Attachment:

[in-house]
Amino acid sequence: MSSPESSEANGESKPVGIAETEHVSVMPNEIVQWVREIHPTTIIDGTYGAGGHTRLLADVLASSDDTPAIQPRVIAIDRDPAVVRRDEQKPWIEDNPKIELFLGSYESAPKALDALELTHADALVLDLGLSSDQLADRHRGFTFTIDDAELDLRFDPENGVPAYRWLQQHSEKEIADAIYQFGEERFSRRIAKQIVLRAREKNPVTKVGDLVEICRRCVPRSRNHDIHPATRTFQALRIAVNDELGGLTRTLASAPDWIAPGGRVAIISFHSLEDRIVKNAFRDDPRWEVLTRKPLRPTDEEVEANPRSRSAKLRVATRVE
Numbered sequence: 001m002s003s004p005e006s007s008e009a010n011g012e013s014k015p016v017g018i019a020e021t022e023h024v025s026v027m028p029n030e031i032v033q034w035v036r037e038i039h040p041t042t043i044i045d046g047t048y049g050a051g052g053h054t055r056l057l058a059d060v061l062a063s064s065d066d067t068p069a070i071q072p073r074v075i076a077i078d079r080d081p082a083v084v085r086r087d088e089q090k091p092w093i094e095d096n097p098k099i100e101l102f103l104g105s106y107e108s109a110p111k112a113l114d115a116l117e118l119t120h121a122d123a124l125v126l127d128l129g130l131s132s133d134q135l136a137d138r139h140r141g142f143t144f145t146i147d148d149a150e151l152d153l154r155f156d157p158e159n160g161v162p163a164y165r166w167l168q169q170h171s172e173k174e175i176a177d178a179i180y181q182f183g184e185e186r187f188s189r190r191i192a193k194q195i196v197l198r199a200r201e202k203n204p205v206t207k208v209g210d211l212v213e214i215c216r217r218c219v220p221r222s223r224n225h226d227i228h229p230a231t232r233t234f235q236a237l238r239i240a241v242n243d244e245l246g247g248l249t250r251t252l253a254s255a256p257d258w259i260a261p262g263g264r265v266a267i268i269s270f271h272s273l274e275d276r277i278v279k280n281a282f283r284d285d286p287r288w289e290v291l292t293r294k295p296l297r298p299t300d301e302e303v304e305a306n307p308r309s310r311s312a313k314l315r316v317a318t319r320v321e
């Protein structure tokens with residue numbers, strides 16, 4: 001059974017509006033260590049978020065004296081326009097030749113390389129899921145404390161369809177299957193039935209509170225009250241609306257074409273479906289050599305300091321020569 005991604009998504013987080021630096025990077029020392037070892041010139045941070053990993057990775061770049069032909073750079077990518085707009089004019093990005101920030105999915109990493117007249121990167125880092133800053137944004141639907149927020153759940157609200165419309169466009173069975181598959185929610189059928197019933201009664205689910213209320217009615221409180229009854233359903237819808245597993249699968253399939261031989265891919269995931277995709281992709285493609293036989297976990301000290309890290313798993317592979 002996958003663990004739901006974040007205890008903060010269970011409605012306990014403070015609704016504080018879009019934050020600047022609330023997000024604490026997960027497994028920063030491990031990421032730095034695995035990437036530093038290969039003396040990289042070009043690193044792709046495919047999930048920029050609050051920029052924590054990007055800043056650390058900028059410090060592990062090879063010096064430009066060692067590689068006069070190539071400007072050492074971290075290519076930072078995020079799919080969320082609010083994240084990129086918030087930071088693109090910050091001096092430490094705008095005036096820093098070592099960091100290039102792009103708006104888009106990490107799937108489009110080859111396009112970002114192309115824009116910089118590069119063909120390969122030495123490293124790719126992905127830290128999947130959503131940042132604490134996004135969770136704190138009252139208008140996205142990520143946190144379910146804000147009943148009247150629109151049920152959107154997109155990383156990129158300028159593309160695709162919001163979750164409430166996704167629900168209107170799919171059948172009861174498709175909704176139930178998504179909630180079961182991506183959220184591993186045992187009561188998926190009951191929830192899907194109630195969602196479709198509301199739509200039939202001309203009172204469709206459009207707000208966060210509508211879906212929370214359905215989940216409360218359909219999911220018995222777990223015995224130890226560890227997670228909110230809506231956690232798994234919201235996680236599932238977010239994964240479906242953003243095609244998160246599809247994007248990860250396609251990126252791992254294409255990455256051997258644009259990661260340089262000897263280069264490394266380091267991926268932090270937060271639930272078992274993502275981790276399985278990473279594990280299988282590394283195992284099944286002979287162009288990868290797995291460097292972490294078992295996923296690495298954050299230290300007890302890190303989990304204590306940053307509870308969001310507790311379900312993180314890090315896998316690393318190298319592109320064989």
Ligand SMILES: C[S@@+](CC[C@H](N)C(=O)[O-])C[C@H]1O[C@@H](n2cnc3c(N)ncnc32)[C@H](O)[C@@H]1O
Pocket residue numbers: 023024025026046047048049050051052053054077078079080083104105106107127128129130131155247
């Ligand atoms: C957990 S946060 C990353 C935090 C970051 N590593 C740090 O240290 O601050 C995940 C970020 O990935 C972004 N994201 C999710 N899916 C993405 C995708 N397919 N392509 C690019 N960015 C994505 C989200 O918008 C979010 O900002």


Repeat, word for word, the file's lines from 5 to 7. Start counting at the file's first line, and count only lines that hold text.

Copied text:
Ligand SMILES: C[S@@+](CC[C@H](N)C(=O)[O-])C[C@H]1O[C@@H](n2cnc3c(N)ncnc32)[C@H](O)[C@@H]1O
Pocket residue numbers: 023024025026046047048049050051052053054077078079080083104105106107127128129130131155247
């Ligand atoms: C957990 S946060 C990353 C935090 C970051 N590593 C740090 O240290 O601050 C995940 C970020 O990935 C972004 N994201 C999710 N899916 C993405 C995708 N397919 N392509 C690019 N960015 C994505 C989200 O918008 C979010 O900002």